In the last decade, the number of migrants on the international level, especially migrants to western welfare states, has increased to unforeseen heights. The United States has experienced a level of legal immigration unseen since the beginning of the century, and the number of illegal immigrants to the US is supposed to have increased as well. Due to liberal asylum laws, asylum-seekers have flooded Western Europe, which has been exacerbated by an influx of immigrants from post-communist countries. As legal immigration is restricted, unregulated immigration takes place, to a large part, under the guise of asylum-seeking, especially in the European states. There are worries that these huge migration flows will be detrimental to western wealth, and that they will prove inefficient worldwide. Therefore, governments are trying to tighten immigration laws, especially in the field of asylum policy. They find support from economists, who propose an international migration order to control migration and to co-ordinate migration policies. Analogous to the GATT, this proposal is named GAMP, the General Agreement on Migration Policies.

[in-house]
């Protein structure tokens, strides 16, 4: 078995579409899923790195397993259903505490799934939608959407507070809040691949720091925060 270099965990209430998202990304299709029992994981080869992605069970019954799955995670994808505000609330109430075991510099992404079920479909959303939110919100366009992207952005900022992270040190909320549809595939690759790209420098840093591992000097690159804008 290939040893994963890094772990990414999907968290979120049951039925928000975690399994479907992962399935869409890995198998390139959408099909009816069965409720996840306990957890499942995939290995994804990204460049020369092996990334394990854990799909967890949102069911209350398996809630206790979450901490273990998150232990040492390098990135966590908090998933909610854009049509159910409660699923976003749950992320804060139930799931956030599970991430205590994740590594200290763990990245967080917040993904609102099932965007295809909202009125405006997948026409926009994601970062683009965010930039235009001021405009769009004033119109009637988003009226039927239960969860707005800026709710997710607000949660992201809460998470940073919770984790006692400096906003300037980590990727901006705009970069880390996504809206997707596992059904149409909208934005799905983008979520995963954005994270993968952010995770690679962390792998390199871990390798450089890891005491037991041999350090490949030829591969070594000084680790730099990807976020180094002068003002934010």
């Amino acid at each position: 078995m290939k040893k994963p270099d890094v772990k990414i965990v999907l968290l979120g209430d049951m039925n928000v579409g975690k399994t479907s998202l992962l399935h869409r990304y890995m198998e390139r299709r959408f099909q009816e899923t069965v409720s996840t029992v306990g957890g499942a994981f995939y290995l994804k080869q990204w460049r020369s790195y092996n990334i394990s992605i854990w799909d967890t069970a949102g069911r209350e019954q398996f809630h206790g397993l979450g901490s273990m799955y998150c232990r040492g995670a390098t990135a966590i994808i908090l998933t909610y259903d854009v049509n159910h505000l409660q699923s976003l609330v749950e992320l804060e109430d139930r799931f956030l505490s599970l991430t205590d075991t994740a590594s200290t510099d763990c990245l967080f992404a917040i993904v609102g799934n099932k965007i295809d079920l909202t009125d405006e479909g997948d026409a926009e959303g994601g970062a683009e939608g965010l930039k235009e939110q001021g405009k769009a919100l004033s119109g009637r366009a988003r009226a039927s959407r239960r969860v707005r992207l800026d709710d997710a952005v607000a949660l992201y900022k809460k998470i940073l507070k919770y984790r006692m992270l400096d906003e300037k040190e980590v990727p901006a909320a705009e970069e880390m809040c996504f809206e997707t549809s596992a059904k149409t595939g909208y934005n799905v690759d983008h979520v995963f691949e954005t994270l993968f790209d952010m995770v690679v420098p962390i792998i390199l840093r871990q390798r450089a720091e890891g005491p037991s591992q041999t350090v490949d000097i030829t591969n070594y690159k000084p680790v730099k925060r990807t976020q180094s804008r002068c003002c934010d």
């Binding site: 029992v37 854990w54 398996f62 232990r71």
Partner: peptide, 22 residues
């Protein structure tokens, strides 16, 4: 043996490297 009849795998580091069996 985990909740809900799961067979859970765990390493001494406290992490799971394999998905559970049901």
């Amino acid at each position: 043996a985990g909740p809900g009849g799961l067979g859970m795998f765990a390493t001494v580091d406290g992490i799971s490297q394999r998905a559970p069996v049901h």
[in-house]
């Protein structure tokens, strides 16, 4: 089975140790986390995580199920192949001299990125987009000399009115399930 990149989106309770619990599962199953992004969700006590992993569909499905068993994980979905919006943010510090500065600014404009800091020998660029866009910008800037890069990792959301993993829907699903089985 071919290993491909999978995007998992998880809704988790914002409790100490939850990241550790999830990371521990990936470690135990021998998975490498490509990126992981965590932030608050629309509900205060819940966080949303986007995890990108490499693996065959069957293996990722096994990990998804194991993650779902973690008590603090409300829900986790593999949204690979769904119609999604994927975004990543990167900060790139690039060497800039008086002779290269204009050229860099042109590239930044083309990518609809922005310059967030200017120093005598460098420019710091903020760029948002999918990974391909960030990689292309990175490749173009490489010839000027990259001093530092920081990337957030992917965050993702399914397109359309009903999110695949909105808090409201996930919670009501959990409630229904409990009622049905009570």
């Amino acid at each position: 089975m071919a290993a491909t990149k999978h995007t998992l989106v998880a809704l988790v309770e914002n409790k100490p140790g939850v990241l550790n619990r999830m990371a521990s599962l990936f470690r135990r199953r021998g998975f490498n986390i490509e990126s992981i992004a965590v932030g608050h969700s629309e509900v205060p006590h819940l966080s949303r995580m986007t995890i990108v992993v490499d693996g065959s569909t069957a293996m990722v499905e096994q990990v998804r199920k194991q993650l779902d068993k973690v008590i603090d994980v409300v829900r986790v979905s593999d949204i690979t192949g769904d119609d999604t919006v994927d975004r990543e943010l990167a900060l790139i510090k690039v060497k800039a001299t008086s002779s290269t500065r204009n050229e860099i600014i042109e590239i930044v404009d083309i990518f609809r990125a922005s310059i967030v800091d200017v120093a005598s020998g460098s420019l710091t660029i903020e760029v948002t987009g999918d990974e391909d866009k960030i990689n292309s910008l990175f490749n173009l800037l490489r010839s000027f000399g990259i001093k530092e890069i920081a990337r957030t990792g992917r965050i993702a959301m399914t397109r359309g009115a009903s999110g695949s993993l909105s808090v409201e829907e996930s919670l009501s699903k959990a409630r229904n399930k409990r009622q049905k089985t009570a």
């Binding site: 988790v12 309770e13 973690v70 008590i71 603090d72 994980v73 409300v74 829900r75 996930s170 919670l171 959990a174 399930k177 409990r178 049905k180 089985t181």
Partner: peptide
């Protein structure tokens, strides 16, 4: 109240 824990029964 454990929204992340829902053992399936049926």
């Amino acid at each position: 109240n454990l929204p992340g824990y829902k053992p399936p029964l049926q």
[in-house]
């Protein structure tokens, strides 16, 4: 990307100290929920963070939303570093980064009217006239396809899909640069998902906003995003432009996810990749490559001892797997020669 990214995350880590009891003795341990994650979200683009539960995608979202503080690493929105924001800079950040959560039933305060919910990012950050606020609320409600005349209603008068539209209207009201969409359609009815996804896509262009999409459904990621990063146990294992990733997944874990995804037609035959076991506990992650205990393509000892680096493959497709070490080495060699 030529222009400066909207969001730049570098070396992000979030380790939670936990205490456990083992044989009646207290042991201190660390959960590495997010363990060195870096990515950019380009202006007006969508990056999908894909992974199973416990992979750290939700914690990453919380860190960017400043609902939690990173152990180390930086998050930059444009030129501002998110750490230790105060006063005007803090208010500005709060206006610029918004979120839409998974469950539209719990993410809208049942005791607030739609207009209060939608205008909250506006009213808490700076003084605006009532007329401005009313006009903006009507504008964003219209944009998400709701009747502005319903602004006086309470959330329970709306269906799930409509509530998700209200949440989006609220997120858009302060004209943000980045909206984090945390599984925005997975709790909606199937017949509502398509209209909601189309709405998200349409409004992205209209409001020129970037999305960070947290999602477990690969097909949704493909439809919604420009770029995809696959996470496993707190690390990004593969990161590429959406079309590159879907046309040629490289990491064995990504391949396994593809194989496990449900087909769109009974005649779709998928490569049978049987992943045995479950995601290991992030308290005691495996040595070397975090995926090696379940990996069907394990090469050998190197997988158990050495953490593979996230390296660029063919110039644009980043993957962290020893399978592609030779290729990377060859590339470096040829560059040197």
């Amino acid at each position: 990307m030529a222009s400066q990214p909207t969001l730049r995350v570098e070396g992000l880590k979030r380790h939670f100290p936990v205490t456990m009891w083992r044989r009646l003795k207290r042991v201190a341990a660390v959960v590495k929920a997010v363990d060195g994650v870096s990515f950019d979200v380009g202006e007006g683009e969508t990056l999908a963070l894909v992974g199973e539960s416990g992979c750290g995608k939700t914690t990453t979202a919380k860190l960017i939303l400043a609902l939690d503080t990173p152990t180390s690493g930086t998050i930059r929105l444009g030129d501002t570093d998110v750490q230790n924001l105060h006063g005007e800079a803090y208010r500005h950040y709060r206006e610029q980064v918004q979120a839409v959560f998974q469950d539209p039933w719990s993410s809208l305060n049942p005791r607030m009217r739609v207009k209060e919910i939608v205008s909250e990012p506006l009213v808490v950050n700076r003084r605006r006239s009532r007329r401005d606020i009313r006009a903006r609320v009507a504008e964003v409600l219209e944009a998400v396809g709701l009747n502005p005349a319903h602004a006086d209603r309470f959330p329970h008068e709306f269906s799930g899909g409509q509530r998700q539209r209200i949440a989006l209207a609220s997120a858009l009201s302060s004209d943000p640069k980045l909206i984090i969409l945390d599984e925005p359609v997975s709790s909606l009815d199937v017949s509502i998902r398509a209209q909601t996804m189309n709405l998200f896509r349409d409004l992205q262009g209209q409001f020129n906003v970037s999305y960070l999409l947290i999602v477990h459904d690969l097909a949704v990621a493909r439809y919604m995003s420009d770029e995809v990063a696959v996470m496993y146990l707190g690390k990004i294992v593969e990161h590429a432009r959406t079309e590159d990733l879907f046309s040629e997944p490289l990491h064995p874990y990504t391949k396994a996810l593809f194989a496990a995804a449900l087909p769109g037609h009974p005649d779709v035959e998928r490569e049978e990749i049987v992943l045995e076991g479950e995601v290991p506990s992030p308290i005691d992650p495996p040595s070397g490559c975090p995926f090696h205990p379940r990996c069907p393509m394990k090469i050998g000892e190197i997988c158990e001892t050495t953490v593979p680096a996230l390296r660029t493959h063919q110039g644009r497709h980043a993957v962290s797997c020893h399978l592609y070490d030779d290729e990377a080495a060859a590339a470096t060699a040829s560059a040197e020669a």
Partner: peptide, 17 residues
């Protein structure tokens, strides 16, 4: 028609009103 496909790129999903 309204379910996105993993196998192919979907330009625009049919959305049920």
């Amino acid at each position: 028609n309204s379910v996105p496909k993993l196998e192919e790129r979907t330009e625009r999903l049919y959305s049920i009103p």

It should provide rules of entry permission, rules of exit permission, rules of taxing migration, treatment of foreign labour, and other migration aspects which have to be fixed within this multilateral agreement (remittances, transfers, social rights, pension transfers etc.).
The assumption behind the proposal is that unregulated migration is inherently inefficient. Pareto-efficiency, it is argued, would dictate a coordinated regulation of migration.
However, policy coordination always includes the danger of governmental policy cartelization in order to escape from institutional competition. This must be considered when analyzing the GAMP proposal.